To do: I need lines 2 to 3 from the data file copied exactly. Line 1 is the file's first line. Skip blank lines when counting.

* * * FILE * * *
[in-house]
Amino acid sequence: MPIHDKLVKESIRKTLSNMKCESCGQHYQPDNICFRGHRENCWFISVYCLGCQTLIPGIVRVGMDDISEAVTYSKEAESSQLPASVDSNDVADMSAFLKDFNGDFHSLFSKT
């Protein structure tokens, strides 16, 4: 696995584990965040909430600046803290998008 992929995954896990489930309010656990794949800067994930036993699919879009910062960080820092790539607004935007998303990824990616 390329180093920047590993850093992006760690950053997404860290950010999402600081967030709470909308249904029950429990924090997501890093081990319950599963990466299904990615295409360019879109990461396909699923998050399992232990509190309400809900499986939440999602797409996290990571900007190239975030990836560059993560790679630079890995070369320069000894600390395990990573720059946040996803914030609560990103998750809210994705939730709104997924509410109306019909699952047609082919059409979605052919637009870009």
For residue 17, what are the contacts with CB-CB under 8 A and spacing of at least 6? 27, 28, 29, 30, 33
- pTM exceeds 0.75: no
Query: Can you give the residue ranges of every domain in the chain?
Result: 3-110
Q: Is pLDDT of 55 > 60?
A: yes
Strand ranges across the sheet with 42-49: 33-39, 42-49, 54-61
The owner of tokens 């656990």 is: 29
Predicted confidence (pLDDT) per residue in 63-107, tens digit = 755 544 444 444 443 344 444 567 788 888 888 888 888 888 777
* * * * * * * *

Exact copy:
Amino acid sequence: MPIHDKLVKESIRKTLSNMKCESCGQHYQPDNICFRGHRENCWFISVYCLGCQTLIPGIVRVGMDDISEAVTYSKEAESSQLPASVDSNDVADMSAFLKDFNGDFHSLFSKT
């Protein structure tokens, strides 16, 4: 696995584990965040909430600046803290998008 992929995954896990489930309010656990794949800067994930036993699919879009910062960080820092790539607004935007998303990824990616 390329180093920047590993850093992006760690950053997404860290950010999402600081967030709470909308249904029950429990924090997501890093081990319950599963990466299904990615295409360019879109990461396909699923998050399992232990509190309400809900499986939440999602797409996290990571900007190239975030990836560059993560790679630079890995070369320069000894600390395990990573720059946040996803914030609560990103998750809210994705939730709104997924509410109306019909699952047609082919059409979605052919637009870009």